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Mark C.

Spoonrests or Top Ramen

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I looked up this thread and shared it with an immensely talented younger potter looking to make a living at it. I hope she joins Ceramicartsdaily. There is such generously shared knowledge here!

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The thing about throwing fast is it takes years of practice-I did not mention this as it seems so obvious .When you start it takes forever to make one pot-in five years you notice its getting faster-in 10 its much faster. In 20 years its way faster.

Its like putting on socks when you are 5 years old -its slow process-when you are a teenager socks are not an issue putting on.

Wow -I just noticed this is a really old thread .

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The thing about throwing fast is it takes years of practice-I did not mention this as it seems so obvious .When you start it takes forever to make one pot-in five years you notice its getting faster-in 10 its much faster. In 20 years its way faster.

Its like putting on socks when you are 5 years old -its slow process-when you are a teenager socks are not an issue putting on.

Wow -I just noticed this is a really old thread .

Yes, it is! She has been making pottery for years, by young, I meant 30s! She throws super fast, and does a lot of surface decoration. She is very artistic. I suggested she add simple things like this to her repertoire, things that can fly off the shelves. I also like these because even someone who doesn't have a lot of money can buy something special for themselves. :)

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On 6/13/2012 at 10:52 AM, Mark C. said:

Again I sell these for 5$ each-I price them at 4.70 and round off the tax wherever I travel with them so they are 5$ each-at that price they fly off the pedestals. Find your price point in your own area -if they are slow selling the price is to high

Man, and I thought my spoon rests were moderately priced at $17! I sell 4-500 of these a year, but I cant imagine getting 1/3'rd of the price.

My "old timer" studio mate/mentor was still selling mugs for the same price in 2012 as he was in 1985, which was $10.

You of course know your business and market better than anyone else does, and if your prices make you happy, then my words are inconsequential, but it seems like you are missing out on some "house payments". What we do is hard enough; not getting a fair market value for what you make, makes it worse.

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One thing you are not taking into account is location-Pots cost more the further east you go. That means you get more for ceramics in the east than the west. I cannot speak to why but I know its a fact.I wish it was not true but it is.

My small area is is a bit less than the big cities in this state as well.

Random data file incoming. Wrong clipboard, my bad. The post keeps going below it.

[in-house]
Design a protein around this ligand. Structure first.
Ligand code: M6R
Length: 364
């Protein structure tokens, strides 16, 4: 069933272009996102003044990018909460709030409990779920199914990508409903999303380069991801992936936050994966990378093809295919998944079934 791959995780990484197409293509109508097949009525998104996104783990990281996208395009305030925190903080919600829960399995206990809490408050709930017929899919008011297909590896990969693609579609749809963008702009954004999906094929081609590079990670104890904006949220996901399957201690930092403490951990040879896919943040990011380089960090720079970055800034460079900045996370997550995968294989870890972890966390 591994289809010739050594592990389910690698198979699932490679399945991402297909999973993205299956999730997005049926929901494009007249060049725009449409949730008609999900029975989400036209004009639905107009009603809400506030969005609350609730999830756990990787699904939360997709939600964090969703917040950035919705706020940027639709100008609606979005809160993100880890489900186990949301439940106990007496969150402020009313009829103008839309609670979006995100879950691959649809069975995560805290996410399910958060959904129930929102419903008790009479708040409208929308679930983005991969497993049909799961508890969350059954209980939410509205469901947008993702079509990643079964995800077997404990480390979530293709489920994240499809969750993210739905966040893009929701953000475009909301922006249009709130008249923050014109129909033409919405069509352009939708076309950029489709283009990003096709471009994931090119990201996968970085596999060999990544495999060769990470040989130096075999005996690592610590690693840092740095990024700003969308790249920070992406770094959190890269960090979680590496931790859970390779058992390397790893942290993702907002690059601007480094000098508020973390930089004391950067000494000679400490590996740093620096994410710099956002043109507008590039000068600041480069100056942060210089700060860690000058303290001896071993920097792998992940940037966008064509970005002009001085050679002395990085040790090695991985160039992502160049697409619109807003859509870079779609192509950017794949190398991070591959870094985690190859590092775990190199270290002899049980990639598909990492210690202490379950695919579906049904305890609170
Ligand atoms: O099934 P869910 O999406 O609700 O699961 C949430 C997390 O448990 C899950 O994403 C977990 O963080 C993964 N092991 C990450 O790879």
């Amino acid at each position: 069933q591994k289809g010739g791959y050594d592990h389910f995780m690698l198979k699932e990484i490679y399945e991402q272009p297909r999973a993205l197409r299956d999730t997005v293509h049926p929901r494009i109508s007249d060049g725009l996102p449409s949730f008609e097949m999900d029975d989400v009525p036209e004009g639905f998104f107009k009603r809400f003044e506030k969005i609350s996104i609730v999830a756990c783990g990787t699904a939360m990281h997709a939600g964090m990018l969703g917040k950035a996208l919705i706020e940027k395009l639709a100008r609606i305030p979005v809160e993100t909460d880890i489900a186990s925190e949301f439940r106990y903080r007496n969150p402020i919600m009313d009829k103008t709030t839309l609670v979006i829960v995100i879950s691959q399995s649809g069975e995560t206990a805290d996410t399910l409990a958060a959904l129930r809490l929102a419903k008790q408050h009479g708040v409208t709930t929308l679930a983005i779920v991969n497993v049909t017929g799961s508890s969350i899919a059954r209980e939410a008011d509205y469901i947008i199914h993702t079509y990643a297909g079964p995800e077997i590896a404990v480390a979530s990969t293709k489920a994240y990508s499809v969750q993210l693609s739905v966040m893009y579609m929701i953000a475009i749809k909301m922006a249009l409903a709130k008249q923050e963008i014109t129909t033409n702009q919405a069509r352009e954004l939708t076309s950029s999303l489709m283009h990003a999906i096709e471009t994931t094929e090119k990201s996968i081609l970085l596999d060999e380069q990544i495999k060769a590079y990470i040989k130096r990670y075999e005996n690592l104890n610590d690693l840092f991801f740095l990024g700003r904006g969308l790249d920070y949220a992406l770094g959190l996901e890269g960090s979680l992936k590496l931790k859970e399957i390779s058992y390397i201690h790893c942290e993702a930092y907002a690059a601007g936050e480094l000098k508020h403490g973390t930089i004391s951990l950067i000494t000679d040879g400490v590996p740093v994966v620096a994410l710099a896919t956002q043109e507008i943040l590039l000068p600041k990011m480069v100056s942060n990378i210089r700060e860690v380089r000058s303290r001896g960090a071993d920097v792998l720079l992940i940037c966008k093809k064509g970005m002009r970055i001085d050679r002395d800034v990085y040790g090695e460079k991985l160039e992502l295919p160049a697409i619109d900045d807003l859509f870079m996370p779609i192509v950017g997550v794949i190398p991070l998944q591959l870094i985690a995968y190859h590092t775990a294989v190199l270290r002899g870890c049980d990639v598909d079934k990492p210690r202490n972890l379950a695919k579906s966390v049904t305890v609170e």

The other thing is I want to sell many thousands not hundreds-the price break out west where they really slow down  sales wise is 7$.

Now the other thing is scale-I want to make a good living at this not just survive . So I want sales-the more the better. I can throw 48 spoon rests in 45 minutes-the rest firing /glazing takes time (they are hot waxed) 

For me they drive other sales as I noted so if they cover my booth costs and expenses I'm happy. At one of my shows I sell about 450.If the are 7-I sell 1/3 that many and have less interest and less spill over to my other forms in terms of sales. So for me I works great.Its not for everyone and the size matters as mine are not huge and fill stuffer space well.

 

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44 minutes ago, Mark C. said:

One thing you are not taking into account is location-Pots cost more the further east you go. That means you get more for ceramics in the east than the west. I cannot speak to why but I know its a fact.I wish it was not true but it is.

My small area is is a bit less than the big cities in this state as well.

The other thing is I want to sell many thousands not hundreds-the price break out west where they really slow down  sales wise is 7$.

Now the other thing is scale-I want to make a good living at this not just survive . So I want sales-the more the better. I can throw 48 spoon rests in 45 minutes-the rest firing /glazing takes time (they are hot waxed) 

For me they drive other sales as I noted so if they cover my booth costs and expenses I'm happy. At one of my shows I sell about 450.If the are 7-I sell 1/3 that many and have less interest and less spill over to my other forms in terms of sales. So for me I works great.Its not for everyone and the size matters as mine are not huge and fill stuffer space well.

 

I did not know about the geographical price differences; interesting. I get being in a big city vs a small town; I do shows in both venues; in the city, my work is considered cheap, when Im in the sticks, my work is outrageously expensive.

Im with you about wanting to sell at a volume! Im in this to make a living as well, and have something at the end of my career to retire on!

I also agree that the "smalls" sell the bigger pots in the booth. A lot of the small pots I dont have a huge affection for, other than that they pay my expenses. Usually for me its wine stoppers and little tea bag dishes. Generally speaking, about 60-75% of my annual gross sales are pots which cost less than $40. I have never conducted an experiment to see at what cost my sales begin to drop off not in a positive relationship to my profit margins on specific items (i.e. like you said, at $7 sales are 1/3 compared to at $5).

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